The pump,and alternator were driven by a single belt.

A restrictor was put in the bypass (a piece of smaller diameter tubing) to slightly increase the pressure in the system.Not by much,as a Jabsco pump with it's rubber vanes will not pressurise the system.It was trial and error to get the right diameter restrictor.Without the restrictor water used to squirt about six inches at tickover and about nine inches when cruising from the hull outlet.After fitting the restrictor it was about three inches and six inches.

It all worked well and never overheated even on the river,however,a pre cruise check was necessary to clear any bits of weed from the inlet strainer and the water filter.

Also when filling the water tank I would put the hose on the connection on the engine and flush the water jacket.

Usually a few seconds of brownish water used to squirt from the hull outlet and then run clear.

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4 hours ago, Tony Brooks said:

 

Oh dear. That is the ONLY 1.5 that I have seen that uses the engine water pump to drive the Jabsco. it is very non-standard and will need a new pulley or drive adaptor machining. I would point out that his front engine mounting is very different to yours and this may make fabricating a bracket for yours more difficult.

I kind of think I need to go down the Keel cooling only road and sell the Jabsco pump! The cost of the new pump and machine shop job, plus 50 quid for the old Jabsco, (They are around 150 quid new), will be the roughly the same as the cost of the internal cooling tank welding and header tank.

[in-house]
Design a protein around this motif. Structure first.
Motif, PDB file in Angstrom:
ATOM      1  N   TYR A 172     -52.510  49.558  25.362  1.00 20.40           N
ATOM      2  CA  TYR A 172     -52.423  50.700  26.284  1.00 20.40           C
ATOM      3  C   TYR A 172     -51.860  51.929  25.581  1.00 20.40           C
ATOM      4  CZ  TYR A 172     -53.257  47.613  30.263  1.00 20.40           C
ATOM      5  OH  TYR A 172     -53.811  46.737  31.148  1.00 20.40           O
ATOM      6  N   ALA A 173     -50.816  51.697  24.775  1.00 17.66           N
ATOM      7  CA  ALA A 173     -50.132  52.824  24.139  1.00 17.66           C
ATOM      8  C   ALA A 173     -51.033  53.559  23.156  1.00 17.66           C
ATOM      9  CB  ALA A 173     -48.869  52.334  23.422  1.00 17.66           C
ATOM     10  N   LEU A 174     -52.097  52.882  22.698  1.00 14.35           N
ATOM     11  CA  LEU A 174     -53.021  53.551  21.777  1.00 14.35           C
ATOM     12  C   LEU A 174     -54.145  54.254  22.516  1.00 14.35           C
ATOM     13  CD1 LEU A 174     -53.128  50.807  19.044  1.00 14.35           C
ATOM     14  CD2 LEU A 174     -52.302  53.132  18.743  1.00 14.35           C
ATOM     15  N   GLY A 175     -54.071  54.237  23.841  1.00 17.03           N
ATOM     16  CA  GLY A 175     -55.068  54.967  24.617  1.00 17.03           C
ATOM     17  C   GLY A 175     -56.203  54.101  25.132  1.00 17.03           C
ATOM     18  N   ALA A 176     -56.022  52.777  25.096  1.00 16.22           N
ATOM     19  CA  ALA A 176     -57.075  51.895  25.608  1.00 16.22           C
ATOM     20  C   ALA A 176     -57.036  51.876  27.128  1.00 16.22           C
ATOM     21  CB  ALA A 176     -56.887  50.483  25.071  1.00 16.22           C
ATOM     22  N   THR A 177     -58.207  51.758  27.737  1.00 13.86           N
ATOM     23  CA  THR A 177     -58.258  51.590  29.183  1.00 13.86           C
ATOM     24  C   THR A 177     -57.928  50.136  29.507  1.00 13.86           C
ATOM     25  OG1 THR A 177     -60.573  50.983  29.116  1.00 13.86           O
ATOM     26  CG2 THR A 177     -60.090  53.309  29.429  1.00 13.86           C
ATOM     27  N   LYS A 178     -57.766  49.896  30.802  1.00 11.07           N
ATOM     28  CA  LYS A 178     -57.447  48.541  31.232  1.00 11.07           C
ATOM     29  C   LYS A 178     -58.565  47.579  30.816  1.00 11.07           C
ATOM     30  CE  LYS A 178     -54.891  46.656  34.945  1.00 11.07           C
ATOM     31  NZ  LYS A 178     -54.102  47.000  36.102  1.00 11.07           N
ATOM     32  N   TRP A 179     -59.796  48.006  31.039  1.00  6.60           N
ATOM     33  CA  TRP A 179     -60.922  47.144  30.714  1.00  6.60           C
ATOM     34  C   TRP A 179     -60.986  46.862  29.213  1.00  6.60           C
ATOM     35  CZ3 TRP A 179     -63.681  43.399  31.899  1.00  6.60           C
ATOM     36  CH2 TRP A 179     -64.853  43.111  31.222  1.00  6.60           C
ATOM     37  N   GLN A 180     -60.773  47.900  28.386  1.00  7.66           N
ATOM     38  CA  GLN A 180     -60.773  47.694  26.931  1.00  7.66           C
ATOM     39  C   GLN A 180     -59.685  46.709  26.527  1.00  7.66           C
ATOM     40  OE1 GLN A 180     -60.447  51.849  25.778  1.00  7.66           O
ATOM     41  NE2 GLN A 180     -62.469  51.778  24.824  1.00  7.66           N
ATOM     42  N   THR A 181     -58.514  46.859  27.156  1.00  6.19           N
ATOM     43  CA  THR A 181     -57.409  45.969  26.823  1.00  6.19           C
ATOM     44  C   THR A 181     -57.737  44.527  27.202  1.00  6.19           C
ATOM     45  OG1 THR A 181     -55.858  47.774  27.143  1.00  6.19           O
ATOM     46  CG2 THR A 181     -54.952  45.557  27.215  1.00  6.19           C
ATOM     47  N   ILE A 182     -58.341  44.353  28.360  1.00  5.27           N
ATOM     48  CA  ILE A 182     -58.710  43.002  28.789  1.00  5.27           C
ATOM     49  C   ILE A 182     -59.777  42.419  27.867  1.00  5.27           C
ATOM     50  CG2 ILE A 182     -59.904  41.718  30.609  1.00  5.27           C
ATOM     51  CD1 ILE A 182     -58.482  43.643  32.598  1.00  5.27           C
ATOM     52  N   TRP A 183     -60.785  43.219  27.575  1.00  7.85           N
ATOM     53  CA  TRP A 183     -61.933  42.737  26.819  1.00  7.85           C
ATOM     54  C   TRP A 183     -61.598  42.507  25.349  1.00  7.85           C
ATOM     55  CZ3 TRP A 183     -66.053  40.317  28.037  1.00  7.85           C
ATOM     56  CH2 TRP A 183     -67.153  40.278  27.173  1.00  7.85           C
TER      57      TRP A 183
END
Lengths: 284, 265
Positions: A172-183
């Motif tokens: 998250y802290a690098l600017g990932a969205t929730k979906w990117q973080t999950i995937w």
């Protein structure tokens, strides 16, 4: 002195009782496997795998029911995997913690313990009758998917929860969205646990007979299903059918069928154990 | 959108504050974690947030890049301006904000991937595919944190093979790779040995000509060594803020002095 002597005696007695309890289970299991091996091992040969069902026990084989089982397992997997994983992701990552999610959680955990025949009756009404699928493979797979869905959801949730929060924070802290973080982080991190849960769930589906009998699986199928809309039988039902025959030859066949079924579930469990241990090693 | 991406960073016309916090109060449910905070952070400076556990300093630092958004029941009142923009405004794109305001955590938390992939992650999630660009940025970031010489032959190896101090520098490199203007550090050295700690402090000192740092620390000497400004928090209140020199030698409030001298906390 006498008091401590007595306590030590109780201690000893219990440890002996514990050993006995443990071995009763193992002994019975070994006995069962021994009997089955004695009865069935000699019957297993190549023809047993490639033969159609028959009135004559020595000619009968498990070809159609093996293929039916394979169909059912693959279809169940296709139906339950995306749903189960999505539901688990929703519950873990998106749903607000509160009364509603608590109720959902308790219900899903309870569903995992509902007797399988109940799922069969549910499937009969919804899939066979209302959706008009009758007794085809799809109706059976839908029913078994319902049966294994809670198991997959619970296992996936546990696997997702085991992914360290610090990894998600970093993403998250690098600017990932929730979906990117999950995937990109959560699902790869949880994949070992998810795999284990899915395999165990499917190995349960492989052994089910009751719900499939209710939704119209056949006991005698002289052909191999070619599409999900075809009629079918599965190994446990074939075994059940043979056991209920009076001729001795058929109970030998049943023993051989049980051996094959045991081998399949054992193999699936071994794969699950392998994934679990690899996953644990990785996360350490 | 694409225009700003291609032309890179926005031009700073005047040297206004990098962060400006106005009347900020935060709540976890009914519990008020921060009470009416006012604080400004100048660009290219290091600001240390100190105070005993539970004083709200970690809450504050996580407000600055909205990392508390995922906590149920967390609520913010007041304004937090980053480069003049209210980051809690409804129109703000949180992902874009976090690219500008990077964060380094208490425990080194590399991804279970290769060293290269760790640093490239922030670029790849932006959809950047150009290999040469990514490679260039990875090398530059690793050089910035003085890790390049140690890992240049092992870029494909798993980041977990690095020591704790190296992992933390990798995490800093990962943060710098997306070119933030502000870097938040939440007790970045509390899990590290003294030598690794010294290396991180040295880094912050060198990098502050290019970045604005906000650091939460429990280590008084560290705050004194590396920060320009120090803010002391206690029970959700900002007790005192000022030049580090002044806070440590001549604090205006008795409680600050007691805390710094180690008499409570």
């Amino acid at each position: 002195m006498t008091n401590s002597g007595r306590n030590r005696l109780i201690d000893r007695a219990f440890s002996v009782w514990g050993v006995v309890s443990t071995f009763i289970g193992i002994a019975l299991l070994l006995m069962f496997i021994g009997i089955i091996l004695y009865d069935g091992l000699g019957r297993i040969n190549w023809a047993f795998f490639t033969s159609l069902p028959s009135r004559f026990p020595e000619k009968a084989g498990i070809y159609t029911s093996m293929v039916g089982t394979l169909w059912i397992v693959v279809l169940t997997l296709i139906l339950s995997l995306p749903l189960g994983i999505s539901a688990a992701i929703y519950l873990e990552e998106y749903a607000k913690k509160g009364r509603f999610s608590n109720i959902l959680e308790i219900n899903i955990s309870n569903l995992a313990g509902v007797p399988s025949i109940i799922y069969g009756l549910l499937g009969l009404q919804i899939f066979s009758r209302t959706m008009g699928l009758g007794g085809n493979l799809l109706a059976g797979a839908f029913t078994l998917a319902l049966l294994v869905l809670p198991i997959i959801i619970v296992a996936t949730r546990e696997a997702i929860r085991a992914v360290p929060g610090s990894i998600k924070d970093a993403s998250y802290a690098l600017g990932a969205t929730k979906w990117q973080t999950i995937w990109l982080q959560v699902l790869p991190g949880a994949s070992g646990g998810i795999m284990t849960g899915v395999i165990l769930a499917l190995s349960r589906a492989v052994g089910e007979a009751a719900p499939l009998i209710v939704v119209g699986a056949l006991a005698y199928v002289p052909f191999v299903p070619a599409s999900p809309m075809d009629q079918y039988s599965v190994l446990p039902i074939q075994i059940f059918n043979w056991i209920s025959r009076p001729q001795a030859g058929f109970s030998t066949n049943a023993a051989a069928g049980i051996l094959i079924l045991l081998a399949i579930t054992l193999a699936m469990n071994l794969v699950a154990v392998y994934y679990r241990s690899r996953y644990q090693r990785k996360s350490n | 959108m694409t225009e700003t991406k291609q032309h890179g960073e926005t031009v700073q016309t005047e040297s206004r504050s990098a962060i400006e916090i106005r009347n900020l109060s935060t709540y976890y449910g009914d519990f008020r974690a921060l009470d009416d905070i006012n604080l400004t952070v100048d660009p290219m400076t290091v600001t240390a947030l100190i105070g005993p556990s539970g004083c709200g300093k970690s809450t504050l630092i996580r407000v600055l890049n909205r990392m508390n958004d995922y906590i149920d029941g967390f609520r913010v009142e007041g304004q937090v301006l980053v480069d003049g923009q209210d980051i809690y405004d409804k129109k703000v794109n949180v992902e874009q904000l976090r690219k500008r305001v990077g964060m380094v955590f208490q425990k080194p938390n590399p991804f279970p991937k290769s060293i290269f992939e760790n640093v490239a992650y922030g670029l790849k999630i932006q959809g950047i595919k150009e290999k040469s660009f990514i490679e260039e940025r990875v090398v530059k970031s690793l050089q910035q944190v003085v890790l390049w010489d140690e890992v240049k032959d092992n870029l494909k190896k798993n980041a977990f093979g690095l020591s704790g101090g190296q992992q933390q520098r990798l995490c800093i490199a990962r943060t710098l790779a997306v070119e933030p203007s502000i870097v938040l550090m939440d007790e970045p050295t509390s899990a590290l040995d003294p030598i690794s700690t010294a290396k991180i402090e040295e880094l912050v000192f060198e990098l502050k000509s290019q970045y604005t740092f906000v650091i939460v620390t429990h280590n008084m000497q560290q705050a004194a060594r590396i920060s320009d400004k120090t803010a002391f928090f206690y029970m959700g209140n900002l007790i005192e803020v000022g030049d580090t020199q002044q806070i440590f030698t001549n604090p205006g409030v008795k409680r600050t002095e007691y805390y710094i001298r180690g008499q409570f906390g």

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1 minute ago, TNLI said:

I kind of think I need to go down the Keel cooling only road and sell the Jabsco pump! The cost of the new pump and machine shop job, plus 50 quid for the old Jabsco, (They are around 150 quid new), will be the roughly the same as the cost of the internal cooling tank welding and header tank.

Finally, a possibly sensible idea.

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5 minutes ago, TNLI said:

I kind of think I need to go down the Keel cooling only road and sell the Jabsco pump! The cost of the new pump and machine shop job, plus 50 quid for the old Jabsco, (They are around 150 quid new), will be the roughly the same as the cost of the internal cooling tank welding and header tank.

 

Have you seen the Jabsco pump? There is no sign of it in the video. My advice would be to wait until you can post comprehensive photos of the engine so we can see exactly what you have and perhaps offer ideas. If the exhaust manifold cum header tank does not have  a large outlet port then you might need another one suitable for tank/keel cooling.

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3 minutes ago, Tony Brooks said:

 

Have you seen the Jabsco pump? There is no sign of it in the video. My advice would be to wait until you can post comprehensive photos of the engine so we can see exactly what you have and perhaps offer ideas. If the exhaust manifold cum header tank does not have  a large outlet port then you might need another one suitable for tank/keel cooling.

I keep thinking there must be a pump some place, BUT it just occured to me that the chap who restored the engine might have got his comment about it is a raw water cooled version mixed up with a keel cooled version, as there is still a need for a raw water pump for the gearbox oil cooler. 

I'm voting in favour of it being keel cooled, but not sure if I will find out later this afternnon, as the shop chap in charge of the storage area only seems to be there half the time.